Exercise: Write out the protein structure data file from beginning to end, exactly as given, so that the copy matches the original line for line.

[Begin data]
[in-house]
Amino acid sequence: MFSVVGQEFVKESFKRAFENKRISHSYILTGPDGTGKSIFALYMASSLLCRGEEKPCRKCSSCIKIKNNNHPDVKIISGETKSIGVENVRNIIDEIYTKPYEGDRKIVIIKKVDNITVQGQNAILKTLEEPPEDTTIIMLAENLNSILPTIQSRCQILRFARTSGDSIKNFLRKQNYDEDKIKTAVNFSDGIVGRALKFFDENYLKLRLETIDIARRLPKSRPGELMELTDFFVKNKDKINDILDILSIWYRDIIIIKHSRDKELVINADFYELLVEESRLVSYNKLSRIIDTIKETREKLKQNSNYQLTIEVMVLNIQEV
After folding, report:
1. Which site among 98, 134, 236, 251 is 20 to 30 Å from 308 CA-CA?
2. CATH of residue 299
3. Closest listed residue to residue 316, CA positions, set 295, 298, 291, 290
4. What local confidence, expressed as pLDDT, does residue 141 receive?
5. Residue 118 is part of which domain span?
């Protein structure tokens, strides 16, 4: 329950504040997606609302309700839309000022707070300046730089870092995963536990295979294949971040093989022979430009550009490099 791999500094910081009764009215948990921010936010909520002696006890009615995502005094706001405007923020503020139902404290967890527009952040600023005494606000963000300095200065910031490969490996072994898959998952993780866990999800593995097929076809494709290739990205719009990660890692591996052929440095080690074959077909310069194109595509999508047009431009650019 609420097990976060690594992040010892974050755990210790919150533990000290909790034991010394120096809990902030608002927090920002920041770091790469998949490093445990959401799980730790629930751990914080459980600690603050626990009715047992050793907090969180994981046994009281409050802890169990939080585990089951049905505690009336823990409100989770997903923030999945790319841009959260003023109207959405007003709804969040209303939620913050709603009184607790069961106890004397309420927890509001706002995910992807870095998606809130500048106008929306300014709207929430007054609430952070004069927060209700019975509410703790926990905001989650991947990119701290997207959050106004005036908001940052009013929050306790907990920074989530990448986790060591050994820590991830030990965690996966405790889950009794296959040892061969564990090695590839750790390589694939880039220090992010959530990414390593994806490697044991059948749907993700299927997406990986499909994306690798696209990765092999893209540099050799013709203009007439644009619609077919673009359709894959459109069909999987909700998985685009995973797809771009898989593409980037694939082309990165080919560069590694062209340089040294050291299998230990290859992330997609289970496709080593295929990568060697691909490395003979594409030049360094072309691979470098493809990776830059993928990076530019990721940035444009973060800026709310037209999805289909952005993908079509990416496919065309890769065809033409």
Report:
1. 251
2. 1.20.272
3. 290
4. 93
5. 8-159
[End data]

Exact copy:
[in-house]
Amino acid sequence: MFSVVGQEFVKESFKRAFENKRISHSYILTGPDGTGKSIFALYMASSLLCRGEEKPCRKCSSCIKIKNNNHPDVKIISGETKSIGVENVRNIIDEIYTKPYEGDRKIVIIKKVDNITVQGQNAILKTLEEPPEDTTIIMLAENLNSILPTIQSRCQILRFARTSGDSIKNFLRKQNYDEDKIKTAVNFSDGIVGRALKFFDENYLKLRLETIDIARRLPKSRPGELMELTDFFVKNKDKINDILDILSIWYRDIIIIKHSRDKELVINADFYELLVEESRLVSYNKLSRIIDTIKETREKLKQNSNYQLTIEVMVLNIQEV
After folding, report:
1. Which site among 98, 134, 236, 251 is 20 to 30 Å from 308 CA-CA?
2. CATH of residue 299
3. Closest listed residue to residue 316, CA positions, set 295, 298, 291, 290
4. What local confidence, expressed as pLDDT, does residue 141 receive?
5. Residue 118 is part of which domain span?
């Protein structure tokens, strides 16, 4: 329950504040997606609302309700839309000022707070300046730089870092995963536990295979294949971040093989022979430009550009490099 791999500094910081009764009215948990921010936010909520002696006890009615995502005094706001405007923020503020139902404290967890527009952040600023005494606000963000300095200065910031490969490996072994898959998952993780866990999800593995097929076809494709290739990205719009990660890692591996052929440095080690074959077909310069194109595509999508047009431009650019 609420097990976060690594992040010892974050755990210790919150533990000290909790034991010394120096809990902030608002927090920002920041770091790469998949490093445990959401799980730790629930751990914080459980600690603050626990009715047992050793907090969180994981046994009281409050802890169990939080585990089951049905505690009336823990409100989770997903923030999945790319841009959260003023109207959405007003709804969040209303939620913050709603009184607790069961106890004397309420927890509001706002995910992807870095998606809130500048106008929306300014709207929430007054609430952070004069927060209700019975509410703790926990905001989650991947990119701290997207959050106004005036908001940052009013929050306790907990920074989530990448986790060591050994820590991830030990965690996966405790889950009794296959040892061969564990090695590839750790390589694939880039220090992010959530990414390593994806490697044991059948749907993700299927997406990986499909994306690798696209990765092999893209540099050799013709203009007439644009619609077919673009359709894959459109069909999987909700998985685009995973797809771009898989593409980037694939082309990165080919560069590694062209340089040294050291299998230990290859992330997609289970496709080593295929990568060697691909490395003979594409030049360094072309691979470098493809990776830059993928990076530019990721940035444009973060800026709310037209999805289909952005993908079509990416496919065309890769065809033409």
Report:
1. 251
2. 1.20.272
3. 290
4. 93
5. 8-159